Hidden Hazards in Your Substations - Industry Best Practices for Reducing Risk

Wednesday, May 25, 2022 | 12:00 - 1:00 p.m. EST


Our webinars are eligible for IEEE PDH credit. To qualify, you must attend the webinar live and complete the IEEE evaluation we will provide following the event.


Substations contain some of the most important, expensive, and difficult-to-replace equipment on the grid. While most traditional electric utility substation inspections focus on current-carrying power transformers, circuit breakers, and disconnect switches, a potential blind spot in industry has been the structures that support that critical equipment which is vulnerable to corrosion, mechanical damage, and foundation degradation that can put reliability at risk.

This presentation will provide an overview of industry best practices in substation infrastructure assessment, and the value of implementing a programmatic approach to periodically evaluate substation structures and ground grid integrity assessment and remediation. This webinar will address:

  • Fundamental components of substation structure assessments
  • Common conditions that can impact the reliability of your system
  • Substation structure mitigation methods
  • Restoration of substation structures

About the Presenter:

Kevin Niles - Product Manager for Steel Structure - Critical Assets

Kevin Niles is an AMPP Senior Corrosion Technologist and Corrosion Engineer with more than 30 years of experience assessing, maintaining, and restoring both steel and wood electric utility structures. Kevin is a member of AAMP, ASCE, ASNT, and an active committee member in ASTM G01. He also holds committee officer positions on both AMPP SC11 and IEEE WG12 and is the Osmose Product Manager for Steel Structure - Critical Assets.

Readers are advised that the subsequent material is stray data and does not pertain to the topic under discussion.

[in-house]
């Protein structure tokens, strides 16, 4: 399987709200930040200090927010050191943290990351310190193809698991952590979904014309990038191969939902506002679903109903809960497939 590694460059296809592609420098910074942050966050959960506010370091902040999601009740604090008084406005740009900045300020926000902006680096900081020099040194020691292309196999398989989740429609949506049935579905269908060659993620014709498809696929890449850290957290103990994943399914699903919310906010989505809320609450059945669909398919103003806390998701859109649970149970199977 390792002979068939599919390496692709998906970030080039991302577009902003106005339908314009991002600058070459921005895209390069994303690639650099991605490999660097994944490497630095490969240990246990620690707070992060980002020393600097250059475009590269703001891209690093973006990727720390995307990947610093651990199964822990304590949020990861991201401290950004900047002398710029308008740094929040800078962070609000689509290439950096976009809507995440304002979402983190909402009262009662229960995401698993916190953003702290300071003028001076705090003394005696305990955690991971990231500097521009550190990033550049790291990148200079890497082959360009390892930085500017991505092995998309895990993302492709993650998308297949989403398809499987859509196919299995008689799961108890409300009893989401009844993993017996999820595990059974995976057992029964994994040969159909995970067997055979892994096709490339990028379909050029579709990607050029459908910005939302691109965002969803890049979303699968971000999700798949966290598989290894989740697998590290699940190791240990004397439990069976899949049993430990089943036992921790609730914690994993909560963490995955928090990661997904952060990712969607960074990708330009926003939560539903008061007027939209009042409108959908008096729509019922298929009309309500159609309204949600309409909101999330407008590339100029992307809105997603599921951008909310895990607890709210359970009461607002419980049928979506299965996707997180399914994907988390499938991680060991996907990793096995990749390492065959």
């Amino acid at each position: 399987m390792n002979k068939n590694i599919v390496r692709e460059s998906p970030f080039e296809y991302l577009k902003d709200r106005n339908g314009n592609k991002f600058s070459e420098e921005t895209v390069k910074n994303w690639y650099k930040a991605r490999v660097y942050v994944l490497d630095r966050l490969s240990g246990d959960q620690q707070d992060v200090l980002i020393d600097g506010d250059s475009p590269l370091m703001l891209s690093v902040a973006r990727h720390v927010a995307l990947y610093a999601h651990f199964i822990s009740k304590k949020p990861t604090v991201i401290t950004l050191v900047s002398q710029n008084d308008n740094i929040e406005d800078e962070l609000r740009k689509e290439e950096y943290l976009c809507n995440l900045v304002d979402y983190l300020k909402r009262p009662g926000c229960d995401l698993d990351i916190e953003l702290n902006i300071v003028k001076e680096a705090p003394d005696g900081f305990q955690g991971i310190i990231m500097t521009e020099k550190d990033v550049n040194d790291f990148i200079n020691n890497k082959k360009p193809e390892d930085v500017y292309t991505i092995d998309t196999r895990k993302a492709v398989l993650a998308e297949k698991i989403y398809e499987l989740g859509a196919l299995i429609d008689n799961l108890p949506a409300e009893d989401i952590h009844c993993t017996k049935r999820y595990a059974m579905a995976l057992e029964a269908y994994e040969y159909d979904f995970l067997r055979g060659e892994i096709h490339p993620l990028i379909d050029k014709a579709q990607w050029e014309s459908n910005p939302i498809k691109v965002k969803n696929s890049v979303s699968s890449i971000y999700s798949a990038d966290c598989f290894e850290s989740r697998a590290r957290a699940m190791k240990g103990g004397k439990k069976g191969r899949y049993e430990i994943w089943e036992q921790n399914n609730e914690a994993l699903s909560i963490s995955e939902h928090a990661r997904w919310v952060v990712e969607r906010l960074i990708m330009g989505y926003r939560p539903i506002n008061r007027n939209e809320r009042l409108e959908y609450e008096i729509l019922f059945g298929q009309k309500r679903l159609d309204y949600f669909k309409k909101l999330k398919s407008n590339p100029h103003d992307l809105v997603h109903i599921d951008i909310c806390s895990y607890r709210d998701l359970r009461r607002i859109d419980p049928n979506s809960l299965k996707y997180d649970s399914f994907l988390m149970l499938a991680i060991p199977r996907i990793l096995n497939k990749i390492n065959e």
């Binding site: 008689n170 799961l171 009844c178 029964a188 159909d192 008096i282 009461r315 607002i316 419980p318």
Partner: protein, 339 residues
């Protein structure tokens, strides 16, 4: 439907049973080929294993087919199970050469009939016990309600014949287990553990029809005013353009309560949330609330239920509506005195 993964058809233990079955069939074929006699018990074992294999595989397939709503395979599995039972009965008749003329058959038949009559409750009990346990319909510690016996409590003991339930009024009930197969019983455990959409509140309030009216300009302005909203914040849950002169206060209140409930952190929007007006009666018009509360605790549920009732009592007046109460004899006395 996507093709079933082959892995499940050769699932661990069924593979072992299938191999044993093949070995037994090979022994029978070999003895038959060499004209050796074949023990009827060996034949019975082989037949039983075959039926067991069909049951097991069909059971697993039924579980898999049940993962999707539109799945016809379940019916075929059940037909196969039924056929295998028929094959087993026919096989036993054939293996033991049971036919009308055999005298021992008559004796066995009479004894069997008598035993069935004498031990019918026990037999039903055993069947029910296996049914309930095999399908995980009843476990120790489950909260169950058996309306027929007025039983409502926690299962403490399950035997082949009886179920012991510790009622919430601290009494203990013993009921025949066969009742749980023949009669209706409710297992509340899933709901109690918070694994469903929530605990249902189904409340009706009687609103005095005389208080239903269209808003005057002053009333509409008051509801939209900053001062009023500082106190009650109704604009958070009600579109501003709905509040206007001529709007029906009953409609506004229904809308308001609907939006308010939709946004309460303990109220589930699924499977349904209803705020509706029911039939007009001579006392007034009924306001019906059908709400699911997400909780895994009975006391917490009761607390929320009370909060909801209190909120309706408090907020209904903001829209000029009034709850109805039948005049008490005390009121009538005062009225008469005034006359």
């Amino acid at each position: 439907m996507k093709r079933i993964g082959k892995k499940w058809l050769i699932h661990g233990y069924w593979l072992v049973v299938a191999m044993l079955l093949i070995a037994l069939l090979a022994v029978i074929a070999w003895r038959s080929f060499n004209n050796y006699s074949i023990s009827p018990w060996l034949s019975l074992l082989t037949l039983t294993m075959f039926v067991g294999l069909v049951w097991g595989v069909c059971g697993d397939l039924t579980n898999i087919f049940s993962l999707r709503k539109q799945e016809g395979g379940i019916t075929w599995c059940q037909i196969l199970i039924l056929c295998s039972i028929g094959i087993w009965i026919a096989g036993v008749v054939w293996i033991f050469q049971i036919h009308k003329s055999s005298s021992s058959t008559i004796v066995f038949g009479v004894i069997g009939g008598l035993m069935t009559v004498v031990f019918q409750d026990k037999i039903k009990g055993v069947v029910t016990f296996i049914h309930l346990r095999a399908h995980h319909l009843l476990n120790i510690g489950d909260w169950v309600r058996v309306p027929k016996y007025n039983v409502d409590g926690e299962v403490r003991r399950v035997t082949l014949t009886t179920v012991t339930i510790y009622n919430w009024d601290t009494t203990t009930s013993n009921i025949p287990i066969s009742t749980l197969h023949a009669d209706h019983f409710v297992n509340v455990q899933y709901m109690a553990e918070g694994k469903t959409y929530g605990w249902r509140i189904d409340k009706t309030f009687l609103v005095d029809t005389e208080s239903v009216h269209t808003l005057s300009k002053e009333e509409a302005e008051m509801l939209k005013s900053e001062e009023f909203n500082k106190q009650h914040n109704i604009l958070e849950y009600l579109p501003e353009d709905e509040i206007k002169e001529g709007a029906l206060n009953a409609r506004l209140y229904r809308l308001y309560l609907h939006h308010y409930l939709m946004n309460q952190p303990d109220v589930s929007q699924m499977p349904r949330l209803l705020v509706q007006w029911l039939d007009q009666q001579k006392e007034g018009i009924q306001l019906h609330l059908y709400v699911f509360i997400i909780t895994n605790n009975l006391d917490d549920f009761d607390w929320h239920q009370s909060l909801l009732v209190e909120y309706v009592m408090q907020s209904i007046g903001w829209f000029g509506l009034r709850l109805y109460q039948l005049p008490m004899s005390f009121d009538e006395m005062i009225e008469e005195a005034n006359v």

Greg Hicks - Director of Transmission Infrastructure Solutions

Greg Hicks is a Director of Transmission Infrastructure Solutions for Osmose where he is responsible for partnering with utilities to develop inspection and remediation programs for their steel transmission and substation structures and for helping utilities develop the case for capitalization. He earned a BS in Industrial Engineering and an MBA, both from Marquette University. Greg comes to Osmose after over 13 years at an investor-owned transmission utility in the Midwest where he achieved multiple roles in asset management of transmission lines and substations focusing on steel structures and other assets, both inside and outside the substation fence. Greg is a member of EEI’s Transmission Subject Area Executive Committee and IEEE WG12.